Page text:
From tales of chivalrous knights to the barbarity of trial by ordeal, no era has been a greater source of awe, horror, and wonder than the Middle Ages. In handsomely crafted prose, and with the grace and authority of his extraordinary gift for narrative history, William Manchester leads us from a civilization tottering on the brink of collapse to the grandeur of its rebirth-the dense explosion of energy that spawned some of history's greatest poets, philosophers, painters, adventurers, and reformers, as well as some of its most spectacular villains- the Renaissance.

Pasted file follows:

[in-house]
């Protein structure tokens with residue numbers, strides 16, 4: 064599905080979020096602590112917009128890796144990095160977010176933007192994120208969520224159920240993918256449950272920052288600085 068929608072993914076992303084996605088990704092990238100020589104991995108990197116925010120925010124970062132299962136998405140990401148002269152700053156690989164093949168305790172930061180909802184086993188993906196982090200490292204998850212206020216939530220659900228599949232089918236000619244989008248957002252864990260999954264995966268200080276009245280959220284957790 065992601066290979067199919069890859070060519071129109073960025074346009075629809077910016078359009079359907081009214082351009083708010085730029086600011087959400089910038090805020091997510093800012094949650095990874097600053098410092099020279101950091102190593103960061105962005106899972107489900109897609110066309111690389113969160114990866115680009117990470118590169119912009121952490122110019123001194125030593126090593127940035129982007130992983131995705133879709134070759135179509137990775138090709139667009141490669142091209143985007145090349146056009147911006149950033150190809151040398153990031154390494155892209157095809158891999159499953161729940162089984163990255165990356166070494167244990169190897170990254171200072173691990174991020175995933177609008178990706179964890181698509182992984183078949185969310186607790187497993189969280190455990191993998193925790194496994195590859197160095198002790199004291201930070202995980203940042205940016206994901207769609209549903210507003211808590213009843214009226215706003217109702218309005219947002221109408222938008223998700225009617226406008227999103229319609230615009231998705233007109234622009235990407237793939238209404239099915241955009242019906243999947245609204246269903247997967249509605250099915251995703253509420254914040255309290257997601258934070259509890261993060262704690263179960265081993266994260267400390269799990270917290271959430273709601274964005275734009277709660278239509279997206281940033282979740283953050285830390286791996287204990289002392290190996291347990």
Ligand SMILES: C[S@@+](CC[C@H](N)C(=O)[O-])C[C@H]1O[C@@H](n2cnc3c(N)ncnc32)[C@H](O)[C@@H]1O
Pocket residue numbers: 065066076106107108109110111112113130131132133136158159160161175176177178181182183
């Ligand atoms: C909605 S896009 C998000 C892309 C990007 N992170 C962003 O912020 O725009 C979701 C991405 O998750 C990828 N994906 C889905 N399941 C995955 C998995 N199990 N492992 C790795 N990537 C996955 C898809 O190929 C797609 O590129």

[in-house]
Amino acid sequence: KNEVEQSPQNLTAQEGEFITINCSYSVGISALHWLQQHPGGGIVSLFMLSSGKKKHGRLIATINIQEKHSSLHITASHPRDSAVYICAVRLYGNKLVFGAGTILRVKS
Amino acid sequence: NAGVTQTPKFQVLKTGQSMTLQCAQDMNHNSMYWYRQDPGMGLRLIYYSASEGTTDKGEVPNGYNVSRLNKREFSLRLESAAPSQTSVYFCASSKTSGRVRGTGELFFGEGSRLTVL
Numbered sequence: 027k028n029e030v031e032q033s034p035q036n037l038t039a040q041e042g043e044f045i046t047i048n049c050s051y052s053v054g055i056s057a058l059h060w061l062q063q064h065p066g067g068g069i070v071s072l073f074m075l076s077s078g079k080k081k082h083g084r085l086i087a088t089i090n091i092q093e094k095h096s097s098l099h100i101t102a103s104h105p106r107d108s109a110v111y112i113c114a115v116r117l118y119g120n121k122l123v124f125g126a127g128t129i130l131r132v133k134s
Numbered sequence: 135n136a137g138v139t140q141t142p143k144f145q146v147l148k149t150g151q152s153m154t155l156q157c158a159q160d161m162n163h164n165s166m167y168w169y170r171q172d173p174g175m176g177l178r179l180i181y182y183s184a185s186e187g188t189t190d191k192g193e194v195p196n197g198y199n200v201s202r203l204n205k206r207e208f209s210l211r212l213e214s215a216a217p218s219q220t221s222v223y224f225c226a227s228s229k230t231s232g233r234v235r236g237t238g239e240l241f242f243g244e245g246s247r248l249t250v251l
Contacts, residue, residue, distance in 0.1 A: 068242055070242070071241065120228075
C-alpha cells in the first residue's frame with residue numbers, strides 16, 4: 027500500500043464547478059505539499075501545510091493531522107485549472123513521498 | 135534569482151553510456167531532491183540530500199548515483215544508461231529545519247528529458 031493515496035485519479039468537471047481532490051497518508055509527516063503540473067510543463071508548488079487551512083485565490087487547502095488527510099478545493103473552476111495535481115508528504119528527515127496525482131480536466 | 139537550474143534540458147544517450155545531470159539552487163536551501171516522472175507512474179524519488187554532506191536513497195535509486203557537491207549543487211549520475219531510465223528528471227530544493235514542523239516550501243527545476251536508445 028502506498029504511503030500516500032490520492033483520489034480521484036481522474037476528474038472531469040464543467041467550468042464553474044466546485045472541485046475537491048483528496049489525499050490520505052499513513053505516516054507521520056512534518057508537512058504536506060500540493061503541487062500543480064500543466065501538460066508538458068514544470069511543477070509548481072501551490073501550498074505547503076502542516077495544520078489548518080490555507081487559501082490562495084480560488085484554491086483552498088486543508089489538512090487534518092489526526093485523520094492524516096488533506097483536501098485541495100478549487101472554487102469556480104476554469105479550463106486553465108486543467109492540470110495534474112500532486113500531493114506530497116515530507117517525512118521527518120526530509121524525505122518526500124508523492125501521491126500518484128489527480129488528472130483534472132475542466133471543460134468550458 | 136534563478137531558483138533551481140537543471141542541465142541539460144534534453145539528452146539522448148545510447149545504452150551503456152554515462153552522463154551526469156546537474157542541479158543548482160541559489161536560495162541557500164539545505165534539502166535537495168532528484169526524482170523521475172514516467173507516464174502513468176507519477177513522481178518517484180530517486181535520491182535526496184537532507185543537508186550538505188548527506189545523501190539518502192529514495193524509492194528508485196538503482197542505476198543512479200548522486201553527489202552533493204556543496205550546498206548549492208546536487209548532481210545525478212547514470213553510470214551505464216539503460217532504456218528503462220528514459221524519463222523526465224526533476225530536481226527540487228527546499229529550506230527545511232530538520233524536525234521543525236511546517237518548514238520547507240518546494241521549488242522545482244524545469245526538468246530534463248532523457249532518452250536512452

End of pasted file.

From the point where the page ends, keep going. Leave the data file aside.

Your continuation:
Using only secondary sources, Manchester plunges readers into the medieval mind-set in a captivating, marvelously vivid popular history that humanizes the tumultuous span from the Dark Ages to the dawn of the Renaissance. He delineates an age when invisible spirits infested the air, when tolerance was seen as treachery and ``a mafia of profane popes desecrated Christianity.'' Besides re-creating the arduous lives of ordinary people, the Wesleyan professor of history peoples his tapestry with such figures as Leonardo, Machiavelli, Lucrezia Borgia, Erasmus, Luther, Henry VIII and Anne Boleyn. Manchester ( The Arms of Krupp ) devotes much attention to Magellan, whose globe-straddling voyage shattered Christendom's implicit belief in Europe as the center of the universe. His portrayal of the Middle Ages as a time when the strong and the shrewd flourished, while the imaginative, the cerebral and the unfortunate suffered, rings true. Illustrations. (June)